Article Text


Inflammation bowel disease II
Adverse events associated with infliximab therapy in a large single centre UK cohort
  1. M Sprakes *1,
  2. P J Hamlin1,
  3. L Warren1,
  4. D Greer1,
  5. A C Ford1
  1. 1Gastroenterology, Leeds General Infirmary, Leeds, UK


Introduction Long term safety data for biologic therapies in Crohn's disease (CD) is still emerging. A recent study has suggested that serious adverse events occur in 15% of patients receiving infliximab (IFX) therapy for CD, and more frequently in patients on concomitant immunosuppression. However, the TREAT registry observed no increased risk of adverse events with IFX, compared to other therapies. The authors assessed adverse events in patients who have received IFX therapy for CD at their referral centre.

Methods All patients who receive IFX therapy for CD in our referral centre for CD were included on a prospective database. Data stored included sex, age at diagnosis, duration of disease, previous surgical history, smoking history and Montreal classification. Response and remission data are also prospectively recorded. Adverse events to infliximab are documented each time a patient attends for an infusion, or at the following clinic visit. Patients who were not receiving concomitant immunosuppression were premedicated with hydrocortisone at each infusion.

Results In total, 3165 IFX infusions were administered to 210 patients (median of 24 (IQR 7–48) months), mean Harvey-Bradshaw index of 9. In total, 59 (28.1%) patients experienced adverse events to IFX. 23 patients had a reaction during the infusion, with 9 discontinuing therapy. 12 patients had hypersensitivity reactions and discontinued IFX. Seven patients discontinued IFX due to psoriatiform rashes. There were 14 (6.7%) opportunistic infections (including seven episodes of Varicella zoster reactivation, and one diagnosis of pulmonary tuberculosis in a Caucasian male who had received 3 years of maintenance therapy and had a normal chest x-ray pre-IFX), 3 infections required permanent discontinuation of IFX. There were 3 malignancies (1.4%) all discontinuing IFX. One was an adenocarcinoma in a peri-anal fistula tract. Examination under anaesthesia (EUA) and biopsy pre-IFX had been non-diagnostic, but EUA was repeated after non-response to IFX. One older diabetic patient developed a fatal spindle-cell tumour, and one patient in remission had an incidental finding of a renal cell carcinoma when disease was being reassessed by imaging prior to withdrawal of IFX. Overall, 34 (16.2%) patients discontinued IFX due to adverse events. 21 (35.6%) patients were receiving concomitant immunomodulator therapy at the time of the adverse event. There was no significant difference in adverse events when comparing episodic versus maintenance therapy (p=0.62).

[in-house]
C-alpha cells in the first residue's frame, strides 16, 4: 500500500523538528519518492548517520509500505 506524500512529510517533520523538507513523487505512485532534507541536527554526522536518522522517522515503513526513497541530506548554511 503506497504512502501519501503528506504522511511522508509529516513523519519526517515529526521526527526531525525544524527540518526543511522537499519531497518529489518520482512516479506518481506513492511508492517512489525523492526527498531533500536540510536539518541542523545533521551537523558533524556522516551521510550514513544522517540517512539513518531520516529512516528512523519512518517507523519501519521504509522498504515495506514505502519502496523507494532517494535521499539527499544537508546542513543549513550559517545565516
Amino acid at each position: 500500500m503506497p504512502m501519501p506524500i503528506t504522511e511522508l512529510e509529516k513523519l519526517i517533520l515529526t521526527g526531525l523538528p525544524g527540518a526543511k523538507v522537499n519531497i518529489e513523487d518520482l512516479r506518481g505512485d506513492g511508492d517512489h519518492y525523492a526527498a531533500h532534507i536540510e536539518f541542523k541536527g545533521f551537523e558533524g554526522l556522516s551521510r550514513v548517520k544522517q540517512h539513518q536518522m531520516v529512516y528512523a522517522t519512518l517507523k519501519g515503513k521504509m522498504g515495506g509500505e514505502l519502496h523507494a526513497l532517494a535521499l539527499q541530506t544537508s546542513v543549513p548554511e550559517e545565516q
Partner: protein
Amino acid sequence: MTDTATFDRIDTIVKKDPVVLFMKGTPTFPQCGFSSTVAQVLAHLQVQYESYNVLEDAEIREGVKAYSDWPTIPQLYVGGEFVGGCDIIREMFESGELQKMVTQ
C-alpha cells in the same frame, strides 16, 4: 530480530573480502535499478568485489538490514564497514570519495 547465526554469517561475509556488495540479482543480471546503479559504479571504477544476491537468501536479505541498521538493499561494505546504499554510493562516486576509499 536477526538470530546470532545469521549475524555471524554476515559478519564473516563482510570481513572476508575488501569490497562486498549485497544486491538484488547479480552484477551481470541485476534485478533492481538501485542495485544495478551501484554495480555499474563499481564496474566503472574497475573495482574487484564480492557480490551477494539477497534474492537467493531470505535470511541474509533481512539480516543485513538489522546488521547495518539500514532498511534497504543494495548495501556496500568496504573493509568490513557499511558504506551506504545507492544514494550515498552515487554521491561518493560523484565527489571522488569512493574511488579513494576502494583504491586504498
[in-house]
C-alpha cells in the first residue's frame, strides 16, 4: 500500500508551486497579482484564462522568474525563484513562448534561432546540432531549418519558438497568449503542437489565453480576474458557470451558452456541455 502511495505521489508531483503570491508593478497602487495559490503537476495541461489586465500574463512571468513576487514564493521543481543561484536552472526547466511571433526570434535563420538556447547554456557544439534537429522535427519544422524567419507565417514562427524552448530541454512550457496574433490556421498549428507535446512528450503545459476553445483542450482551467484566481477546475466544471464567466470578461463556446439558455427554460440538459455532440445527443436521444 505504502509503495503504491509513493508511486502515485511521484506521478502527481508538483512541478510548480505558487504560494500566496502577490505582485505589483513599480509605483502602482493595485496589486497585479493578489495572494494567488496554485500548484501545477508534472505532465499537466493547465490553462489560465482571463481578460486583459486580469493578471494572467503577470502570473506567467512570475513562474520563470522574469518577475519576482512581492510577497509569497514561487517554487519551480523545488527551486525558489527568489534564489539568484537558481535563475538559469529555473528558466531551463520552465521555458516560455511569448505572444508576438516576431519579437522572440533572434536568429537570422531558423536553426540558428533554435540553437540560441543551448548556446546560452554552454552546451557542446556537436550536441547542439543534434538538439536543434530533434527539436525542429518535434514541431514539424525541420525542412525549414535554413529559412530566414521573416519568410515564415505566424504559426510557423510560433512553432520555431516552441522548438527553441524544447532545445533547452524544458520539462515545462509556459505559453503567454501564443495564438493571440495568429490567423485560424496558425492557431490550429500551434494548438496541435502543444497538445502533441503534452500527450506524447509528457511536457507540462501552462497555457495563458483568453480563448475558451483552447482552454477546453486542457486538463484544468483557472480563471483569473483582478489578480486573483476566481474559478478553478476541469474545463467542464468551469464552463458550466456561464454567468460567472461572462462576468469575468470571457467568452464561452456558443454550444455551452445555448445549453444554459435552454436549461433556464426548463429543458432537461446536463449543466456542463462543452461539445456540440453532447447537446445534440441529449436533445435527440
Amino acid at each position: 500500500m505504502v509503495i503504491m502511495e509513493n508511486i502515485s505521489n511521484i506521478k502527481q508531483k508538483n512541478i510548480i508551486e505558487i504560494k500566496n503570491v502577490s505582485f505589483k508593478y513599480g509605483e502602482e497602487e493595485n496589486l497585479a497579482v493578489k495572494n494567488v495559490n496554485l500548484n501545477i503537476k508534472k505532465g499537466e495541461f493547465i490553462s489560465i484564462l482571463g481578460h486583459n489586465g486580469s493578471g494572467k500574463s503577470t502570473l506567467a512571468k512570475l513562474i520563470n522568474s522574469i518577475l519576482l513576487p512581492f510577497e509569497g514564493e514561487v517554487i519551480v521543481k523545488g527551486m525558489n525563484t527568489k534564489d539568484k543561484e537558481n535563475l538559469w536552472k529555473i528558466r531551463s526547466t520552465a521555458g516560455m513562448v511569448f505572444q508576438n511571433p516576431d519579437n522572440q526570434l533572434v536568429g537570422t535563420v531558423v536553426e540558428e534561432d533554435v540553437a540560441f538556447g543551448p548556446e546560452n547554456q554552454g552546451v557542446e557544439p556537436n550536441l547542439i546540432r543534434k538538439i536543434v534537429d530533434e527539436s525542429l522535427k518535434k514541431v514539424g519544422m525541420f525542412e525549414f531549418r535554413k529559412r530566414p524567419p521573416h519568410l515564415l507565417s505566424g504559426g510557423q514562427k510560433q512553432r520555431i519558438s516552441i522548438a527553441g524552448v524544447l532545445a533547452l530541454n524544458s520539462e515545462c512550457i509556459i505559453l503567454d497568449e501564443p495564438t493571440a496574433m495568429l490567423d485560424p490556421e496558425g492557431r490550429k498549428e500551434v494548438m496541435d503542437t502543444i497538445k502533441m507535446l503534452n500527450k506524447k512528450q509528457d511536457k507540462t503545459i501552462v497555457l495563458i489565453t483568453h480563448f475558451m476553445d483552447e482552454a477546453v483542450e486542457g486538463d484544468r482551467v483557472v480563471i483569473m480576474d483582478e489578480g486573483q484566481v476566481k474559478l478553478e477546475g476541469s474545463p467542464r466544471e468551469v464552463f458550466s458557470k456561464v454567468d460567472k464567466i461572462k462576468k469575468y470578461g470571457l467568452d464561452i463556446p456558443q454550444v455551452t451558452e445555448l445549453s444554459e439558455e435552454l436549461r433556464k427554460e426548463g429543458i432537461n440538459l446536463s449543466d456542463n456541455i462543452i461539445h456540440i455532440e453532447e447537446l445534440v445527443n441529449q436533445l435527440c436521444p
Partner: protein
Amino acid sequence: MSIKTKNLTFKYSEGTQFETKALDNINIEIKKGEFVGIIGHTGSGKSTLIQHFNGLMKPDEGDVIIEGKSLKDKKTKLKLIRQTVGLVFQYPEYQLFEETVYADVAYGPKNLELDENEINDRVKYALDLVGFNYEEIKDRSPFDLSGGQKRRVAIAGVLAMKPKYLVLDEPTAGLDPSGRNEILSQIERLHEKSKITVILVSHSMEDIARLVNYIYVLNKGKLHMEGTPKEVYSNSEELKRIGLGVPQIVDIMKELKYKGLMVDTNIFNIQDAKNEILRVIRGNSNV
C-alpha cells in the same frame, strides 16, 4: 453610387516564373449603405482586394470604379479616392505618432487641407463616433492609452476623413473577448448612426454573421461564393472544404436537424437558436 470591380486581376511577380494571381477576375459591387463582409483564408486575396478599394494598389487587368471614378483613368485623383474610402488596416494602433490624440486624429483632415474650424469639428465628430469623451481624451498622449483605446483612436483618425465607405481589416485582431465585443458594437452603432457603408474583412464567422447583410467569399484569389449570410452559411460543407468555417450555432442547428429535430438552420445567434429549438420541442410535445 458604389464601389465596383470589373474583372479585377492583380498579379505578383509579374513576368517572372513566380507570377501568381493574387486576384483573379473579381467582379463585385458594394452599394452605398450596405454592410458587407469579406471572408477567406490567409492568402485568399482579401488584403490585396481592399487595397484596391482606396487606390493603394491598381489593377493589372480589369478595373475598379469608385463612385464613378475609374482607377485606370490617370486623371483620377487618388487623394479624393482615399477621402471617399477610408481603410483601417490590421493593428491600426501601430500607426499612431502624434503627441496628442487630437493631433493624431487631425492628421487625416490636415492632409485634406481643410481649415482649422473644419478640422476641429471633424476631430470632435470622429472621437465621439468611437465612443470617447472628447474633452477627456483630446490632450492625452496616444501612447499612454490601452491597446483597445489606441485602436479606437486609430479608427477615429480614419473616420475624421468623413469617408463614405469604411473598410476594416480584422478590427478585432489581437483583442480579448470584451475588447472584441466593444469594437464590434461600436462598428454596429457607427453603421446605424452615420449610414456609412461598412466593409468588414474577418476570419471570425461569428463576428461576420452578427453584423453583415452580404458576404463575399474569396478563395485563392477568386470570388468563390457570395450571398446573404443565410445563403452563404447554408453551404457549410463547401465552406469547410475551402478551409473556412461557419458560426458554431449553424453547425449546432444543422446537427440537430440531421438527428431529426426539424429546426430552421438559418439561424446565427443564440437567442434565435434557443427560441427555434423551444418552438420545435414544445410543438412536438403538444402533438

Conclusion IFX is safe and well tolerated with low numbers of adverse events, malignancies and mortality in our large single centre cohort of patients with severe active CD. Careful patient selection, pre-IFX screening and monitoring during therapy can optimise the risk benefit ratio.

  • adverse events
  • infliximab.

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  • Competing interests None.

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